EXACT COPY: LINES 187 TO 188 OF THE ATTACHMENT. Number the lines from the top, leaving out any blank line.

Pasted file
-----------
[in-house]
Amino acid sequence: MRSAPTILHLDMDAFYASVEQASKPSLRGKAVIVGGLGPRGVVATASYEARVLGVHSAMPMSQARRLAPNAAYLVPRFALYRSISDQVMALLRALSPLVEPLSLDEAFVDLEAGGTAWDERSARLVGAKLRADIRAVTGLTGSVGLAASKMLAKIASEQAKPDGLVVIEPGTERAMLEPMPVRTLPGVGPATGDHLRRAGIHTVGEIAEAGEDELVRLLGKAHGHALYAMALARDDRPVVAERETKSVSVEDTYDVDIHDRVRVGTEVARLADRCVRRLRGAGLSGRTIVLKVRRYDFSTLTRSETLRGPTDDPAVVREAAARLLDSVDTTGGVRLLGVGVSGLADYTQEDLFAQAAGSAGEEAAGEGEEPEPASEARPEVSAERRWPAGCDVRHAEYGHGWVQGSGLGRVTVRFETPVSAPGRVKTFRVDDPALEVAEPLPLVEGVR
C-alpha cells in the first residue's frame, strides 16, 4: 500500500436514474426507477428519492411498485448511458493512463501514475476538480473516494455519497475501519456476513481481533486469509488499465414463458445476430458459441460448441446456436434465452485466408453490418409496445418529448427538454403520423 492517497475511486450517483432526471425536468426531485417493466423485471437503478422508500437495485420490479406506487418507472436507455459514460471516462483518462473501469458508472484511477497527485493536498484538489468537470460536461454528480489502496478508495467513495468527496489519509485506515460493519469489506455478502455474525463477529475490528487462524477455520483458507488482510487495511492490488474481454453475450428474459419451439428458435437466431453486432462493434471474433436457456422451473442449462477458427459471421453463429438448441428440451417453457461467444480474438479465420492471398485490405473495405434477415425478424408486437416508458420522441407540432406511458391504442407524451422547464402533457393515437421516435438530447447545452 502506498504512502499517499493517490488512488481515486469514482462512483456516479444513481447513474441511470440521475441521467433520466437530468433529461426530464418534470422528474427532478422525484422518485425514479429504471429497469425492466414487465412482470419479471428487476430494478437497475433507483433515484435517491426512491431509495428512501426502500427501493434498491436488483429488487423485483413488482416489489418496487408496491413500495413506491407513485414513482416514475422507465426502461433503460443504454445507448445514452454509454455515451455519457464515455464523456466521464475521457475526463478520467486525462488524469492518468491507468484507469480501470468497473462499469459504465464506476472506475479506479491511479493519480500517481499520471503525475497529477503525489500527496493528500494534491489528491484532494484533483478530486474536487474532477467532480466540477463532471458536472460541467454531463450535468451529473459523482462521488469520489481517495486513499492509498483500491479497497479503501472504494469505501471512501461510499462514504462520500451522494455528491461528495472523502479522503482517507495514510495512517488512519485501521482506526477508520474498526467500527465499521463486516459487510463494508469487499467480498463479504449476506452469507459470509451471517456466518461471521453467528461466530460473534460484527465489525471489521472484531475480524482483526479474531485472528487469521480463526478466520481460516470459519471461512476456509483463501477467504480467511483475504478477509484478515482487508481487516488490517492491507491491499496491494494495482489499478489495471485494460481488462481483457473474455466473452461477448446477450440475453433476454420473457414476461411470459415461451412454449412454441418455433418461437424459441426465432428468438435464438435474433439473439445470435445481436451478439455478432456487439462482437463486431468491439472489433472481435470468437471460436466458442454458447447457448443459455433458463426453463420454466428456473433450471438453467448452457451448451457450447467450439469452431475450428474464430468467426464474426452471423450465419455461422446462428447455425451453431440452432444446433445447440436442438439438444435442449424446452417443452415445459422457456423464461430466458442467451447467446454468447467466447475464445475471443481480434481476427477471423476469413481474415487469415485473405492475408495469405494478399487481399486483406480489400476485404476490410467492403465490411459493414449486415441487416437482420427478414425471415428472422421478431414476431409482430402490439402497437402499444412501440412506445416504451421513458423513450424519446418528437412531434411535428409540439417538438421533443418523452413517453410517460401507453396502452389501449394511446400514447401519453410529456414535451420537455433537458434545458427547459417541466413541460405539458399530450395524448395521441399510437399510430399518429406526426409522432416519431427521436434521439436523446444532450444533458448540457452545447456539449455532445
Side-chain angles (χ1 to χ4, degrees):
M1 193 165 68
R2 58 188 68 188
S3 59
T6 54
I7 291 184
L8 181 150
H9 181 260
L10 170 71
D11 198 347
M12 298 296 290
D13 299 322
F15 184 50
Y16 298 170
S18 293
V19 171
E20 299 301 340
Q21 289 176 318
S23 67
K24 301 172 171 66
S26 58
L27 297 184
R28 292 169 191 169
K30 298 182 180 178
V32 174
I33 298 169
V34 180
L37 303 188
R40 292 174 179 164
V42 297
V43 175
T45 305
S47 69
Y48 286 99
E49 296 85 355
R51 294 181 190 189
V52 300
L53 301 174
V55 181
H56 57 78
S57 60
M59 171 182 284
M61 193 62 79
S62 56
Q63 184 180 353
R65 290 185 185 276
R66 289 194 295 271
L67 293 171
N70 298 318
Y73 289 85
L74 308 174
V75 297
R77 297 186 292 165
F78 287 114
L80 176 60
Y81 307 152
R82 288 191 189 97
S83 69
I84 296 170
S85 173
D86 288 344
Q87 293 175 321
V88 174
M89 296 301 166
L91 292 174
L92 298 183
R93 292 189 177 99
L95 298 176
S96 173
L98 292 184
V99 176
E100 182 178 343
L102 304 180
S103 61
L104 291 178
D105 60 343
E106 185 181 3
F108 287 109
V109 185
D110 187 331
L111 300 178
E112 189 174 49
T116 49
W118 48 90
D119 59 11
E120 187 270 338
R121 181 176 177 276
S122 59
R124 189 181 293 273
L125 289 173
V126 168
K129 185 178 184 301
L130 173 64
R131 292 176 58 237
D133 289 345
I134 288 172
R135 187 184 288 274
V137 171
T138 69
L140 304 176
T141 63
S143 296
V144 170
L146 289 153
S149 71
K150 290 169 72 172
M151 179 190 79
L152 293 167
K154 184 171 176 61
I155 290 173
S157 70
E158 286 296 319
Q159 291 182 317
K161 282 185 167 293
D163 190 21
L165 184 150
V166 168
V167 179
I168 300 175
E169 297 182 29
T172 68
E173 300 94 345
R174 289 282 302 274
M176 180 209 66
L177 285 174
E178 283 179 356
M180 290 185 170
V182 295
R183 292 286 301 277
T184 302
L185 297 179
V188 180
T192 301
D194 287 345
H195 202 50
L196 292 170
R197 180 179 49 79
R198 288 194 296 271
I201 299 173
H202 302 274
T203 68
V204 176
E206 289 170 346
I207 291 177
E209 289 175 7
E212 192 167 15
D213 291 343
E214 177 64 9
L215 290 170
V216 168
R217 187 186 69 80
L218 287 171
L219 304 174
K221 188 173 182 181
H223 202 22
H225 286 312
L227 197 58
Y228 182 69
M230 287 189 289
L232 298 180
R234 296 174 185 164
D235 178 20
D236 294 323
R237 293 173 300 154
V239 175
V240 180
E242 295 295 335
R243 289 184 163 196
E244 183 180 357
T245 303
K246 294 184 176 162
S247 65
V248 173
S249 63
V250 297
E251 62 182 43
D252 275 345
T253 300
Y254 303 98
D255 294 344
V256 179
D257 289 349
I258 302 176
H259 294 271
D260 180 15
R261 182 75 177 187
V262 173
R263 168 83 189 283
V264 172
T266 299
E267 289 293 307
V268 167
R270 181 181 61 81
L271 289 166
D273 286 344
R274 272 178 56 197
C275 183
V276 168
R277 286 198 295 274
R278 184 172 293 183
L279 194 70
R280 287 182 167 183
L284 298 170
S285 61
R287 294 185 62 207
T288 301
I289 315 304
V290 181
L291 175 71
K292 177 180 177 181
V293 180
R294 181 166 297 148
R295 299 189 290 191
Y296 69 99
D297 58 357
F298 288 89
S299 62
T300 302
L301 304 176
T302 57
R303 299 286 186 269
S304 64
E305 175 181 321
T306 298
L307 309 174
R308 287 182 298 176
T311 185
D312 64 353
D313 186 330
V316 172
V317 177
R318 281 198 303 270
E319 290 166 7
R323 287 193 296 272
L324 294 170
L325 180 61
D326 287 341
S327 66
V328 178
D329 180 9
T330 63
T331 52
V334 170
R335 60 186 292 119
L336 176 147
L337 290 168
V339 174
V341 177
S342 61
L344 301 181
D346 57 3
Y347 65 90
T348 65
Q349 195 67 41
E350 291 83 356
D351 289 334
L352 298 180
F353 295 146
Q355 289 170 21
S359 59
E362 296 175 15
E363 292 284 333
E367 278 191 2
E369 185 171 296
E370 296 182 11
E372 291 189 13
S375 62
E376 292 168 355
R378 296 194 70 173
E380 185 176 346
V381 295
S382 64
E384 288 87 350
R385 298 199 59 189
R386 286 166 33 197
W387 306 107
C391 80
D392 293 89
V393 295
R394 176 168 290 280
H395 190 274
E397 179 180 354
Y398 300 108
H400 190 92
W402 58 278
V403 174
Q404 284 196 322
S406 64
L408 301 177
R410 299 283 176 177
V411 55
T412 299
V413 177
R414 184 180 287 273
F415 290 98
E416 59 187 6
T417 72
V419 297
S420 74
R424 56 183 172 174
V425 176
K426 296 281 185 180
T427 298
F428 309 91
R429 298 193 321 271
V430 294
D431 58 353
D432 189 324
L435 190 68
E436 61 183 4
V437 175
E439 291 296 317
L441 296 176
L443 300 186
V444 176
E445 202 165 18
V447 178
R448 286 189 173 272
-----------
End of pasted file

H259 294 271
D260 180 15